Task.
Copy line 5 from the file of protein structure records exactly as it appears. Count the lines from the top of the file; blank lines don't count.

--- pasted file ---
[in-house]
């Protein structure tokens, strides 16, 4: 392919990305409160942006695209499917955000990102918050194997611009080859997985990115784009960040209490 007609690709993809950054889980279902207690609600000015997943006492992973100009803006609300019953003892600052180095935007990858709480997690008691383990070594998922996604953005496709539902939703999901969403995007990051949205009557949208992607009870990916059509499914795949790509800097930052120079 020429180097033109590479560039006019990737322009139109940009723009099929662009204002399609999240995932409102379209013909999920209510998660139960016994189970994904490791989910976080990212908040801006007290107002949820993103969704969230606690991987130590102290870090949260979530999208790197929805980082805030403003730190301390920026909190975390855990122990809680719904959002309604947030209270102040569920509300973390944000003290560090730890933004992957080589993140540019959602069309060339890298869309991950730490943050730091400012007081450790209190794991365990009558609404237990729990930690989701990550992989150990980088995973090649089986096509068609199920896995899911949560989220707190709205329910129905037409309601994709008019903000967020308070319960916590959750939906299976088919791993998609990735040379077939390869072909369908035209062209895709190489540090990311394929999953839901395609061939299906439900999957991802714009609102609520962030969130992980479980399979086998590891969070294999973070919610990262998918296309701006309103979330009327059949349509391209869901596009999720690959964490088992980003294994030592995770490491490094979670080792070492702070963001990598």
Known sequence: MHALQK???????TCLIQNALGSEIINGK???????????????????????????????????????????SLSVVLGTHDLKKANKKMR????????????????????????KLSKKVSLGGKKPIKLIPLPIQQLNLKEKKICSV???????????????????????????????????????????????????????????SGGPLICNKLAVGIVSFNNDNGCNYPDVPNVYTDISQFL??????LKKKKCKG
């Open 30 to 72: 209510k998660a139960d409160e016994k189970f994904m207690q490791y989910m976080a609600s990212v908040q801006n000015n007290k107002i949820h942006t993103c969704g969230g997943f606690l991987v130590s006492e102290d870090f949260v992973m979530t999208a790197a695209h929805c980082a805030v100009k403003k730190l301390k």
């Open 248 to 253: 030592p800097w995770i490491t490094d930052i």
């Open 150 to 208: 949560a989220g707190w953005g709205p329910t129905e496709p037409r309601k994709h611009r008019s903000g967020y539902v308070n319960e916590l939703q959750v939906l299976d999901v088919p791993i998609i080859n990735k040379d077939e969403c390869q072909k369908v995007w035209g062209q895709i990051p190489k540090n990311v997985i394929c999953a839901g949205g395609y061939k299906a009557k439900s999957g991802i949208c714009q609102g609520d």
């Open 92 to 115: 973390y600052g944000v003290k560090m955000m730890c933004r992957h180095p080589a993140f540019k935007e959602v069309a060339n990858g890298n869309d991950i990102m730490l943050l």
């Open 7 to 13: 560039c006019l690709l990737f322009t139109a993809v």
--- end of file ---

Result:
């Open 248 to 253: 030592p800097w995770i490491t490094d930052i």